Interestingly the seemingly mirror manuever using a stern spring and swinging the bows off using both engines in reverse would not get the same advantage because of the proximity of one engine to the rotation point and the lack of prop wash over the rudders.
__________________
mark_morwood is offline   Reply With Quote
Old 14-10-2015, 15:45   #27
Writing Full-Time Since 2014
 
thinwater's Avatar

Join Date: Nov 2008
Location: Deale, MD
Boat: PDQ Altair, 32/34
Posts: 4,328
Re: Getting your Cat off the dock

Quote:
Originally Posted by 2hullvenus View Post
I do it like a monohull.

Loosen bow line, forget the spring line, tighten way up on stern line.

Due to the natural curvature of the boat's side, this points the bows sufficiently away from the dock to then....
Monohulls have curvature, cats, not nearly so much.

cats have to get the bow MUCH further out, specifically because we are often parked between cats.

This will not work with a cat in strong conditions with tight company. Nope. In light conditions, yup, do that all the time.
__________________
Gear Testing--Engineering--Sailing

Writing full-time since 2014.
Bookstore:http://sail-delmarva.blogspot.com/20...ook-store.html
thinwater is offline   Reply With Quote
Old 14-10-2015, 16:39   #28
Registered User
 
admiralslater's Avatar

Join Date: Sep 2014
Location: Toronto summer rest somewhere else
Boat: Outremer 45/pdq36
Posts: 675
Re: Getting your Cat off the dock

Quote:
Originally Posted by mark_morwood View Post
I agree about thinking about the possible failures. I have the opposite concern to yours - with both engines in forward or reverse against a spring line any failure of the spring line puts the boat into the boat ahead of you or the boat behind you - not that this sort of failure is likely on most docks.

Give the split engine approach a try and I think you'll find that it gives you more control and you don't have a highly loaded deck cleat, dock line, and dock cleat to worry about (particularly the risk of it failing to release cleanly).

I'm not against loading dock lines, we use a short bow-line, under considerable lateral load to swing the boat onto the dock against a wind. However the line is loaded at right angles to the dock so if something goes wrong with the line, we do not end up jumping forwards or backwards into the boats that are inevitably closer than you would like.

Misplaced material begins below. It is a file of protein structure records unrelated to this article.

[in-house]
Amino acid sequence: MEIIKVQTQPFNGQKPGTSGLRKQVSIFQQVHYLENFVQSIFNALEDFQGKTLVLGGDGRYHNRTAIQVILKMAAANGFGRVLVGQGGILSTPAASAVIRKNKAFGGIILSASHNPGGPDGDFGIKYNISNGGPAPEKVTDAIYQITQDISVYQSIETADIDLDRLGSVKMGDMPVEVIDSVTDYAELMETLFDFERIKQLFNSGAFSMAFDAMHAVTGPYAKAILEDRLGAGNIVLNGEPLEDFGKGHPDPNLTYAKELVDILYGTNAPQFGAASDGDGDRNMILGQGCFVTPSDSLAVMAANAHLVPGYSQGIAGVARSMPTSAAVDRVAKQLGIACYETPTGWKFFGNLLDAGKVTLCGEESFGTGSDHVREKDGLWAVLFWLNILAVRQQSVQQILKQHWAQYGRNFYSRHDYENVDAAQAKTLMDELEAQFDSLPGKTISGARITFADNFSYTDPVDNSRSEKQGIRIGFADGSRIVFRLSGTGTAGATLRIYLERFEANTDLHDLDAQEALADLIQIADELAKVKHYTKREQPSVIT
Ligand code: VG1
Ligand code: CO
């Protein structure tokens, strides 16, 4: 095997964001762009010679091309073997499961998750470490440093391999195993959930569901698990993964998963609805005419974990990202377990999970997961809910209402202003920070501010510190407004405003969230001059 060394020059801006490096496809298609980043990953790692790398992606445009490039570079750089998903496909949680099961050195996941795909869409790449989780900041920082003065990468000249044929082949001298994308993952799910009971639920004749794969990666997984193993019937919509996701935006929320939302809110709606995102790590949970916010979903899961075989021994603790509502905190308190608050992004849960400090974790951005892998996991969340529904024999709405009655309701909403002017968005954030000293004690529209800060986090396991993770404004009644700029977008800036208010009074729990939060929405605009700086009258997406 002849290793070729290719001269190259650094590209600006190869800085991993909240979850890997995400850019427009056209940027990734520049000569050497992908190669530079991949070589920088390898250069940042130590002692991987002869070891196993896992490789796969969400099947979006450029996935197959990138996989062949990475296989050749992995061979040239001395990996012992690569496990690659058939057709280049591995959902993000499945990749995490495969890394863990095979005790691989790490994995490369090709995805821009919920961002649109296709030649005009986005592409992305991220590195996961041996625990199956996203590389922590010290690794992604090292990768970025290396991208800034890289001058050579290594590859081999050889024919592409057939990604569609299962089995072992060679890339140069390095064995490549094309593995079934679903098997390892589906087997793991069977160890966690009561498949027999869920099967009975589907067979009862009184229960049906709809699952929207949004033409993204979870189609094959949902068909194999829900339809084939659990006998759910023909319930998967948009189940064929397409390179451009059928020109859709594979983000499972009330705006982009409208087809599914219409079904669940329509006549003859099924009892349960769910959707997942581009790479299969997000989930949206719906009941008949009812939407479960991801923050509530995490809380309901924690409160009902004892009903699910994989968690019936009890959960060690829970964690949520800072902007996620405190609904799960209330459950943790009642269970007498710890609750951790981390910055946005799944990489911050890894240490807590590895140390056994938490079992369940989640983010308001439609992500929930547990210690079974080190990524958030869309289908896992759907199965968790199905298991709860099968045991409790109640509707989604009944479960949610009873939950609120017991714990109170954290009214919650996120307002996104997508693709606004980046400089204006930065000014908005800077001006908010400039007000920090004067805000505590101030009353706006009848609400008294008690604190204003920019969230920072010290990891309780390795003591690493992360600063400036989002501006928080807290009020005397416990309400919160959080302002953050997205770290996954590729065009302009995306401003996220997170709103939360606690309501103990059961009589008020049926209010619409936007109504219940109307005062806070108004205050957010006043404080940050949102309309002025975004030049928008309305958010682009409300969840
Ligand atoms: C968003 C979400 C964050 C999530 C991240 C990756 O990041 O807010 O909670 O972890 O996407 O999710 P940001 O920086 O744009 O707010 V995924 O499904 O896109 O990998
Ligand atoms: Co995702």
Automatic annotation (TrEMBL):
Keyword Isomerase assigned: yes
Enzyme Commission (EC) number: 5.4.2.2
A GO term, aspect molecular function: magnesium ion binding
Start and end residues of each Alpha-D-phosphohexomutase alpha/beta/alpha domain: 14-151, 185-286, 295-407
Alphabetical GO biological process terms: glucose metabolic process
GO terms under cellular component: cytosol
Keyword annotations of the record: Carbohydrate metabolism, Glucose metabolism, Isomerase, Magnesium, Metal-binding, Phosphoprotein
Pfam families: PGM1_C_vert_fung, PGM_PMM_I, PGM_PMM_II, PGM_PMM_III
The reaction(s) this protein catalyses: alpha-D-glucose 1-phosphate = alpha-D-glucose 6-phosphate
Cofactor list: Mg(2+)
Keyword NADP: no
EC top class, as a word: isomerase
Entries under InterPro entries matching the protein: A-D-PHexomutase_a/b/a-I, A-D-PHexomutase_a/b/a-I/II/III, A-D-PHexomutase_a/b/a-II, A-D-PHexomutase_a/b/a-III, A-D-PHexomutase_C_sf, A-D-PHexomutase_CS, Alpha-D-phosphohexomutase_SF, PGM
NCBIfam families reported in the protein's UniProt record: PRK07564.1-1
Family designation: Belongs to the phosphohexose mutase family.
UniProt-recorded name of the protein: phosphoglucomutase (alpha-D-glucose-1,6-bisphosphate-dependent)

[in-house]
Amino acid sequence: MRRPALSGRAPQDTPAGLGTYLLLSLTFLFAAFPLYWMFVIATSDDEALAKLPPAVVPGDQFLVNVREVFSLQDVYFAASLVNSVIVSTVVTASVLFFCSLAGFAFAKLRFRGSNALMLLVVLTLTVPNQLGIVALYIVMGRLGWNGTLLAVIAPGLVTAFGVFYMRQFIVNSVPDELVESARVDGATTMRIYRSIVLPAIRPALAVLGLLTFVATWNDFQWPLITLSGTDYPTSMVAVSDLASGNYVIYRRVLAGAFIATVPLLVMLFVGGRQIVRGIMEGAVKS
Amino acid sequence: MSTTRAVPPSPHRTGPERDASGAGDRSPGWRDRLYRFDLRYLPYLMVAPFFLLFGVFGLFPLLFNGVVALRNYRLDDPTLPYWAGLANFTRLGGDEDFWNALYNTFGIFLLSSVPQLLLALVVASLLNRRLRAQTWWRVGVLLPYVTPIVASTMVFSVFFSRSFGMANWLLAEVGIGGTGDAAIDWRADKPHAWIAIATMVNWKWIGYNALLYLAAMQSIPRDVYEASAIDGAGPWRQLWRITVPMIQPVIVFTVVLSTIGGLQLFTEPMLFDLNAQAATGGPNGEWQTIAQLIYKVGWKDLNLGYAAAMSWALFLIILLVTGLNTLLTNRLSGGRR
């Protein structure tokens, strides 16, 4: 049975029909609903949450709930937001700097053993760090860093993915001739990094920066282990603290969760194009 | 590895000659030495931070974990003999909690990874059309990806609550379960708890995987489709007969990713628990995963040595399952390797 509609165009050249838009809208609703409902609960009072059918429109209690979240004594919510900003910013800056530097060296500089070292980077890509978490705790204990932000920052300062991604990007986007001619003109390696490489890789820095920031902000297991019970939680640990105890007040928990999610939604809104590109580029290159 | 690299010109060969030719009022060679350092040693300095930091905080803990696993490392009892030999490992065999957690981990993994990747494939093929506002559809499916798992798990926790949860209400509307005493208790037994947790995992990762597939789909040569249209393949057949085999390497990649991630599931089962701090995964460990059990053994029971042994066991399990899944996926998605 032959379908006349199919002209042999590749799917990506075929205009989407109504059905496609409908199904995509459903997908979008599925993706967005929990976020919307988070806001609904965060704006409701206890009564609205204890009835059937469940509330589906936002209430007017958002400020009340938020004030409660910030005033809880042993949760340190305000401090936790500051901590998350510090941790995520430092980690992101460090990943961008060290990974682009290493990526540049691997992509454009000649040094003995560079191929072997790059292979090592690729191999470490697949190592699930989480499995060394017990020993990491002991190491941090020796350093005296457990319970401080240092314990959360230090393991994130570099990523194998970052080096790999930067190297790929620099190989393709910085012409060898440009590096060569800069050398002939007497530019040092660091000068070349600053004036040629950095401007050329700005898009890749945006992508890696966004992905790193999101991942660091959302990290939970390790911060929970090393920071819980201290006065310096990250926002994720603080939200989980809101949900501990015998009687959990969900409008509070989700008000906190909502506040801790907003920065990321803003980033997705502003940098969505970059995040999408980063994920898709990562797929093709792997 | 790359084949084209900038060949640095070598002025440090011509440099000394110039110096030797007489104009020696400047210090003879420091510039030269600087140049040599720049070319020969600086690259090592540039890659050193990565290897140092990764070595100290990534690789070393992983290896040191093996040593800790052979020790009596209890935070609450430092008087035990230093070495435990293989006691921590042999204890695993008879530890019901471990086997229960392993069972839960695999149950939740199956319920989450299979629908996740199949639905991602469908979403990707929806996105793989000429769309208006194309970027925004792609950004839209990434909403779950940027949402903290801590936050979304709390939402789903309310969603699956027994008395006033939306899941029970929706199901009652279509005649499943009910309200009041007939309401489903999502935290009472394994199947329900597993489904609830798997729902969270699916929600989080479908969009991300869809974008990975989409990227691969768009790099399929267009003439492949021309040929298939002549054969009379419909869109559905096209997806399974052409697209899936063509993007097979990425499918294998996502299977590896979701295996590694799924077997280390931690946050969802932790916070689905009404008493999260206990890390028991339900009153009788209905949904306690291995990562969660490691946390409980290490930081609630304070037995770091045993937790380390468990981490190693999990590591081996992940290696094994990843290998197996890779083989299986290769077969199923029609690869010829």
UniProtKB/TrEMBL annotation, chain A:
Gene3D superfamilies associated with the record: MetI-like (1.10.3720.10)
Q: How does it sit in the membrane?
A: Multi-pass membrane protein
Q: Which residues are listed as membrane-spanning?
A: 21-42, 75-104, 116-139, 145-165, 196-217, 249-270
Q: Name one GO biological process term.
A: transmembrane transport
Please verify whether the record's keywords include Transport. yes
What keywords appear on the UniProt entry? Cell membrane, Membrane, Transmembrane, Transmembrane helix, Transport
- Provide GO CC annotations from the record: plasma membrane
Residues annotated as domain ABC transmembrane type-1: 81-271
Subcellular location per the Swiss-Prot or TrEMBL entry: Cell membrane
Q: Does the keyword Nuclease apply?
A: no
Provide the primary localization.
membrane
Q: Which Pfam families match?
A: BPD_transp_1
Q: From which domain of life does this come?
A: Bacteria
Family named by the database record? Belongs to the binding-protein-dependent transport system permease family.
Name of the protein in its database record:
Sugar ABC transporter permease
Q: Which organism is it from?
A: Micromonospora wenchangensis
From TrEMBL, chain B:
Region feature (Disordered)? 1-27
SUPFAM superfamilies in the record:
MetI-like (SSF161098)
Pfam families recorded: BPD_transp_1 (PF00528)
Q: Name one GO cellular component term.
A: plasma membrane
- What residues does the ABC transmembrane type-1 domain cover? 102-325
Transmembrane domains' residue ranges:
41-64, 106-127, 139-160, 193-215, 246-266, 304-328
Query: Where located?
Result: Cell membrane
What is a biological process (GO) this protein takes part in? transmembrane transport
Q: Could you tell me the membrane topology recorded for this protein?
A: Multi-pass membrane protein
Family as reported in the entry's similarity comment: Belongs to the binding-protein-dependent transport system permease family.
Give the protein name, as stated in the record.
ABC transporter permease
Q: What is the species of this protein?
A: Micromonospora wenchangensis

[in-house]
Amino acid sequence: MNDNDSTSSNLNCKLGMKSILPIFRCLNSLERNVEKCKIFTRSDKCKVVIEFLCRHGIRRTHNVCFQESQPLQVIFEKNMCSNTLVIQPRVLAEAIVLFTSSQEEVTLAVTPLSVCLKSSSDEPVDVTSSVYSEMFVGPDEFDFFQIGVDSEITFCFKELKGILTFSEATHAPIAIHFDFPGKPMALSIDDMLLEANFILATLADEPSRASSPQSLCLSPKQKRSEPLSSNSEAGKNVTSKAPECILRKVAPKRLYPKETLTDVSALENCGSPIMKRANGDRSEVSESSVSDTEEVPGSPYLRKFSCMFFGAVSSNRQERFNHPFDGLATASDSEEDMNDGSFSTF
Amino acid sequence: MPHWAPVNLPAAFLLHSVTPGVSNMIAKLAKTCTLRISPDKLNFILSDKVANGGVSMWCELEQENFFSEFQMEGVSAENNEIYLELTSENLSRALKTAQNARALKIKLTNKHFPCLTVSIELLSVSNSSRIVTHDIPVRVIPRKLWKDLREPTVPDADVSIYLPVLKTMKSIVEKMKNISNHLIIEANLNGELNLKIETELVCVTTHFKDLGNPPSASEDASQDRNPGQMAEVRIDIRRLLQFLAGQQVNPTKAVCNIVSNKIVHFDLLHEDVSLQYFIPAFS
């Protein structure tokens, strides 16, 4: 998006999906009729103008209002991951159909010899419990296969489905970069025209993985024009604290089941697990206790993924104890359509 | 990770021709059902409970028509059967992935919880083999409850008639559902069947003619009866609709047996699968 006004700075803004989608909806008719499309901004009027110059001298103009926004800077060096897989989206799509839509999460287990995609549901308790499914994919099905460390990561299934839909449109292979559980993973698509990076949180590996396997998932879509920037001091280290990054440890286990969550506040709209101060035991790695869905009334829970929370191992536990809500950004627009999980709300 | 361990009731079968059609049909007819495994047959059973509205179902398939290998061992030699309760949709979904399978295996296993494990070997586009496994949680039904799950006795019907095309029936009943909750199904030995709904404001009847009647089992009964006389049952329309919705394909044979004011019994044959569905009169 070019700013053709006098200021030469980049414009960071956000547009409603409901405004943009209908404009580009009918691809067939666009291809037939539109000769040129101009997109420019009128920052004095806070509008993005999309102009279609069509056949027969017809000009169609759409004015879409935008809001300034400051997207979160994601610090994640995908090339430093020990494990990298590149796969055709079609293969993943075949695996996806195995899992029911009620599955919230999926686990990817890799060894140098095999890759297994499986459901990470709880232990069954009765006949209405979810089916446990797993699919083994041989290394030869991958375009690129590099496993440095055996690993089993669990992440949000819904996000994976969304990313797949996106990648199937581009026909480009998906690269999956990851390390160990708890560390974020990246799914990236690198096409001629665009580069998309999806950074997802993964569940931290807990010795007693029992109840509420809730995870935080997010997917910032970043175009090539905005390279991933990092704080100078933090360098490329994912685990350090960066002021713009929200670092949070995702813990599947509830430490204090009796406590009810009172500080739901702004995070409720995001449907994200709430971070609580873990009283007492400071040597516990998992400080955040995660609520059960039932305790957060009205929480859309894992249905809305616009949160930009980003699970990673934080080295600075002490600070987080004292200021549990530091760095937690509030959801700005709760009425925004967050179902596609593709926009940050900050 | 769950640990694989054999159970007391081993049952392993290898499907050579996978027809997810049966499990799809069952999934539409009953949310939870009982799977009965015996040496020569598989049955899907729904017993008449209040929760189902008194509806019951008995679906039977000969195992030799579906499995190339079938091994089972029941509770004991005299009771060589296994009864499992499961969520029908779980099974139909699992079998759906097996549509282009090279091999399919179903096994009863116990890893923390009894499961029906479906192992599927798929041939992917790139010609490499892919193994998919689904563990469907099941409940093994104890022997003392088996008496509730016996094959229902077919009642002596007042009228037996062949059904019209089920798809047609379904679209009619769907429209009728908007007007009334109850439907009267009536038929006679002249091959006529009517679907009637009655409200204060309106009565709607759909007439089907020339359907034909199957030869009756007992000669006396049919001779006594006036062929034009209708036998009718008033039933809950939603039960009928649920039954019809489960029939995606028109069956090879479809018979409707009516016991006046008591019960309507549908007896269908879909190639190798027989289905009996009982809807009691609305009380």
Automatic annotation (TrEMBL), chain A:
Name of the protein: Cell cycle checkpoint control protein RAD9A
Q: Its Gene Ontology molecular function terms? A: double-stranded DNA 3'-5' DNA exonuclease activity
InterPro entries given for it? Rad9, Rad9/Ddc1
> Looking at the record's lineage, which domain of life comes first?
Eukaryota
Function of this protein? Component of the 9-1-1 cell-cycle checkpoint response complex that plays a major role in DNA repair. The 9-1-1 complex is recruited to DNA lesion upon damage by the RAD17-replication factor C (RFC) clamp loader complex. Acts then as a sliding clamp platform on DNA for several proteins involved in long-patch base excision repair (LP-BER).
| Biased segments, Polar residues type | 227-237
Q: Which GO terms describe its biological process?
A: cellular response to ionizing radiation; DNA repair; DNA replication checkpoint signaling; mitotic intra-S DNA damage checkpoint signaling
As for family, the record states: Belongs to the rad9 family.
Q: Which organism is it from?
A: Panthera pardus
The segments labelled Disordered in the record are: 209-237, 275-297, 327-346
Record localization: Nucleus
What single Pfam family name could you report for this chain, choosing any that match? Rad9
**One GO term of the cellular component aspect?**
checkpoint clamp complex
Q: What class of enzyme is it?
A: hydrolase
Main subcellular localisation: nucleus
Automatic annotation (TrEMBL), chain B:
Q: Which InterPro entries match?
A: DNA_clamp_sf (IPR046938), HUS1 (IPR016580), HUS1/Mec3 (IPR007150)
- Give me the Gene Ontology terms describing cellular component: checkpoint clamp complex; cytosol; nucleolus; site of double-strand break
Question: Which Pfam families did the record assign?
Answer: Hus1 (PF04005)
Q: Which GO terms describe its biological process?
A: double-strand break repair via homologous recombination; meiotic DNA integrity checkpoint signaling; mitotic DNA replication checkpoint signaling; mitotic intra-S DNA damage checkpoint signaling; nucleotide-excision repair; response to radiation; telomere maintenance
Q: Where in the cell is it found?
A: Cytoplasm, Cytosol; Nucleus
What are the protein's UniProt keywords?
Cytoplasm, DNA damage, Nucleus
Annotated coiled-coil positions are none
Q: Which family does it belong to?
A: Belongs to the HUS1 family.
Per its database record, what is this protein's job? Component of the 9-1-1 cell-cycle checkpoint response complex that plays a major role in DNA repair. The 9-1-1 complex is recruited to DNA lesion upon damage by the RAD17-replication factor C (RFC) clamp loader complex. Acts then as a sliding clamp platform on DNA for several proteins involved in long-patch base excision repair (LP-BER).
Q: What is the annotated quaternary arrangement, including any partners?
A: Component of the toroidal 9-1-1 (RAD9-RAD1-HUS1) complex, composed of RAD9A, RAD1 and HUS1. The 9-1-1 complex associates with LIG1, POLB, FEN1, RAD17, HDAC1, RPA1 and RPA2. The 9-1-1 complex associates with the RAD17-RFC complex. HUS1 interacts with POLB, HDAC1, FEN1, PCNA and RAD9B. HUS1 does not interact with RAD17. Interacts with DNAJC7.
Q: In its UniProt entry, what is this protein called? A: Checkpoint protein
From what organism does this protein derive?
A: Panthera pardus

We have a Catana 48 with 2 x 35hp diesels.

Mark.
I will give it a try when I get back to Grenada in January. Semantics really we both have different things that we mistrust .likelihood of either failure is low.
We looked at a 431 before finding the Outremer 45. Both in grenada
David
__________________
admiralslater is offline   Reply With Quote
Old 14-10-2015, 23:53   #29
Registered User

Join Date: Apr 2013
Posts: 4,866
Re: Getting your Cat off the dock

Quote:
Originally Posted by FamilyVan View Post
^^^ there are circumstances where putting both engines in forward is more effective than a split. Using a bow spring to spring off a dock onto an onshore wind could be one of those circumstances.

You're able to generate more lateral thrust with this method because the thrust is vectoring off two rudders rather than one. A good strategy for this could be to clutch the inboard engine and feather the throttle on the outboard engine to control the rate of turn.

A split will of course provide greater rotation in place, but if its lateral thrust you seek, both engines ahead, both rudders hard over working against a spring line might be your best bet.

Sent from my XP7700 using Cruisers Sailing Forum mobile app
While technically true...

If you are running flat out on the up wind engine and she isn't pulling the stern around, I'm probably going to settle back down on the dock and wait for the wind to die off.
__________________
valhalla360 is online now   Reply With Quote
Old 15-10-2015, 03:16   #30
Registered User

Join Date: Jul 2015
Posts: 217
Re: Getting your Cat off the dock

**Note: I don't put my cats on docks that resemble parallel parking spots with obstructions fore and aft.

Don't care to play around with those situations sans bow thruster.

So, I purposefully dock where my simple, mono style, single engine techniques work.

I am anchored out typically, only touching docks for fuel/water... much easier than parallel parking.

So... the technique I mentioned certainly could get difficult with obstructions forward of the boat. Aft would be irrelevant. I concede this.
__________________

__________________
2hullvenus is offline   Reply With Quote
Reply

Tags
dock

Thread Tools
Display Modes Rate This Thread
Rate This Thread:

Posting Rules
You may not post new threads
You may not post replies
You may not post attachments
You may not edit your posts

BB code is On
Smilies are On
[IMG] code is On
HTML code is Off
Trackbacks are Off
Pingbacks are Off
Refbacks are Off


Similar Threads
Thread Thread Starter Forum Replies Last Post
Cat vs Cat vs Cat which one to buy? C-man77 Multihull Sailboats 84 03-10-2015 21:07
Getting away from the Dock in High Wind allstar1976 Seamanship & Boat Handling 22 22-07-2014 15:01
Keeping 'Dock Walkers' Off the Boat ! RQF4 Liveaboard's Forum 182 10-08-2010 22:59
San Francisco Pickup/Drop off Dock tardog Pacific & South China Sea 3 20-04-2009 20:12



Copyright 2002- Social Knowledge, LLC All Rights Reserved.

All times are GMT -7. The time now is 21:43.


Google+
Powered by vBulletin® Version 3.8.8 Beta 1
Copyright ©2000 - 2017, vBulletin Solutions, Inc.
Social Knowledge Networks
Powered by vBulletin® Version 3.8.8 Beta 1
Copyright ©2000 - 2017, vBulletin Solutions, Inc.

ShowCase vBulletin Plugins by Drive Thru Online, Inc.